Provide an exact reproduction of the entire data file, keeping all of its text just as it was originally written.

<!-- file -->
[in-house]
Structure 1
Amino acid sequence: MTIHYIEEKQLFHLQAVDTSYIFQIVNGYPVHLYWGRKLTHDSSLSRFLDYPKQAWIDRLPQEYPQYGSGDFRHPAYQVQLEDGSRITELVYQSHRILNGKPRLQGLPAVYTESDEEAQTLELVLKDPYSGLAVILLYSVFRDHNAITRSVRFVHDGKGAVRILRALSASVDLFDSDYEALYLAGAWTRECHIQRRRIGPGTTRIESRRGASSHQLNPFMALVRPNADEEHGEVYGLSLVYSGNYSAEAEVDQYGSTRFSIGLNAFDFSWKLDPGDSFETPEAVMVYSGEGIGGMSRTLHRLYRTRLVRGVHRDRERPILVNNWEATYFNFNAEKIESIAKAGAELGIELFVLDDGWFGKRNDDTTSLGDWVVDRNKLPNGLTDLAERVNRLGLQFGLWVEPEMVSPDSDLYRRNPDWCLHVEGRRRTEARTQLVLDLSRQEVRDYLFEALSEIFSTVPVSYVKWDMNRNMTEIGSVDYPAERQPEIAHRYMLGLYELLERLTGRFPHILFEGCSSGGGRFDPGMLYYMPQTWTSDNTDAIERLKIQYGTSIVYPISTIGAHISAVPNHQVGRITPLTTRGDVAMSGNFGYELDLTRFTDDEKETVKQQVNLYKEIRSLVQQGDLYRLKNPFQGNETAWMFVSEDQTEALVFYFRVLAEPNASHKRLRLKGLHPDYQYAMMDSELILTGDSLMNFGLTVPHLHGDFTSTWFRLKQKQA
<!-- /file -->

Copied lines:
[in-house]
Structure 1
Amino acid sequence: MTIHYIEEKQLFHLQAVDTSYIFQIVNGYPVHLYWGRKLTHDSSLSRFLDYPKQAWIDRLPQEYPQYGSGDFRHPAYQVQLEDGSRITELVYQSHRILNGKPRLQGLPAVYTESDEEAQTLELVLKDPYSGLAVILLYSVFRDHNAITRSVRFVHDGKGAVRILRALSASVDLFDSDYEALYLAGAWTRECHIQRRRIGPGTTRIESRRGASSHQLNPFMALVRPNADEEHGEVYGLSLVYSGNYSAEAEVDQYGSTRFSIGLNAFDFSWKLDPGDSFETPEAVMVYSGEGIGGMSRTLHRLYRTRLVRGVHRDRERPILVNNWEATYFNFNAEKIESIAKAGAELGIELFVLDDGWFGKRNDDTTSLGDWVVDRNKLPNGLTDLAERVNRLGLQFGLWVEPEMVSPDSDLYRRNPDWCLHVEGRRRTEARTQLVLDLSRQEVRDYLFEALSEIFSTVPVSYVKWDMNRNMTEIGSVDYPAERQPEIAHRYMLGLYELLERLTGRFPHILFEGCSSGGGRFDPGMLYYMPQTWTSDNTDAIERLKIQYGTSIVYPISTIGAHISAVPNHQVGRITPLTTRGDVAMSGNFGYELDLTRFTDDEKETVKQQVNLYKEIRSLVQQGDLYRLKNPFQGNETAWMFVSEDQTEALVFYFRVLAEPNASHKRLRLKGLHPDYQYAMMDSELILTGDSLMNFGLTVPHLHGDFTSTWFRLKQKQA